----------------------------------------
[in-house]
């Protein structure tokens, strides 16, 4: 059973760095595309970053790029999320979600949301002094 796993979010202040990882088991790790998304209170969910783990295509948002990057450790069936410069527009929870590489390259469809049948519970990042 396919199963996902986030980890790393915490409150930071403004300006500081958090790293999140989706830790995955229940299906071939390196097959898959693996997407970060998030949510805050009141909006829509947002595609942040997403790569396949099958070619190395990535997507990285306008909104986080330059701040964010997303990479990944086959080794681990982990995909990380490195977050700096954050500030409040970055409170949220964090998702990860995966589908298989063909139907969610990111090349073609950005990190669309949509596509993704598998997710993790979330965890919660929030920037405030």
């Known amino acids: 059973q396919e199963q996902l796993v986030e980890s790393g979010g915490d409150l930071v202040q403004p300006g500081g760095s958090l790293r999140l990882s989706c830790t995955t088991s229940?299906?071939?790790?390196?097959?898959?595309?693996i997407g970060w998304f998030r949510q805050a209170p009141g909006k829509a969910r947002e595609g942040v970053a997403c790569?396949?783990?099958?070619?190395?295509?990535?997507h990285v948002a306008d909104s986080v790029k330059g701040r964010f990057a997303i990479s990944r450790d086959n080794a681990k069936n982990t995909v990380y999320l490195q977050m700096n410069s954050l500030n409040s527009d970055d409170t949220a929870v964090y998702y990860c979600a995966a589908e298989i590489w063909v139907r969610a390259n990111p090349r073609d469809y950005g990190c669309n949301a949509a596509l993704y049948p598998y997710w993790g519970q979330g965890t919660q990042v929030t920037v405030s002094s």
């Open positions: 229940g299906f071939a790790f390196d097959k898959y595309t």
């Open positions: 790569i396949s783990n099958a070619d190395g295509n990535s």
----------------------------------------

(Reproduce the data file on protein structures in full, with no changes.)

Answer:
[in-house]
């Protein structure tokens, strides 16, 4: 059973760095595309970053790029999320979600949301002094 796993979010202040990882088991790790998304209170969910783990295509948002990057450790069936410069527009929870590489390259469809049948519970990042 396919199963996902986030980890790393915490409150930071403004300006500081958090790293999140989706830790995955229940299906071939390196097959898959693996997407970060998030949510805050009141909006829509947002595609942040997403790569396949099958070619190395990535997507990285306008909104986080330059701040964010997303990479990944086959080794681990982990995909990380490195977050700096954050500030409040970055409170949220964090998702990860995966589908298989063909139907969610990111090349073609950005990190669309949509596509993704598998997710993790979330965890919660929030920037405030």
């Known amino acids: 059973q396919e199963q996902l796993v986030e980890s790393g979010g915490d409150l930071v202040q403004p300006g500081g760095s958090l790293r999140l990882s989706c830790t995955t088991s229940?299906?071939?790790?390196?097959?898959?595309?693996i997407g970060w998304f998030r949510q805050a209170p009141g909006k829509a969910r947002e595609g942040v970053a997403c790569?396949?783990?099958?070619?190395?295509?990535?997507h990285v948002a306008d909104s986080v790029k330059g701040r964010f990057a997303i990479s990944r450790d086959n080794a681990k069936n982990t995909v990380y999320l490195q977050m700096n410069s954050l500030n409040s527009d970055d409170t949220a929870v964090y998702y990860c979600a995966a589908e298989i590489w063909v139907r969610a390259n990111p090349r073609d469809y950005g990190c669309n949301a949509a596509l993704y049948p598998y997710w993790g519970q979330g965890t919660q990042v929030t920037v405030s002094s």
């Open positions: 229940g299906f071939a790790f390196d097959k898959y595309t």
């Open positions: 790569i396949s783990n099958a070619d190395g295509n990535s």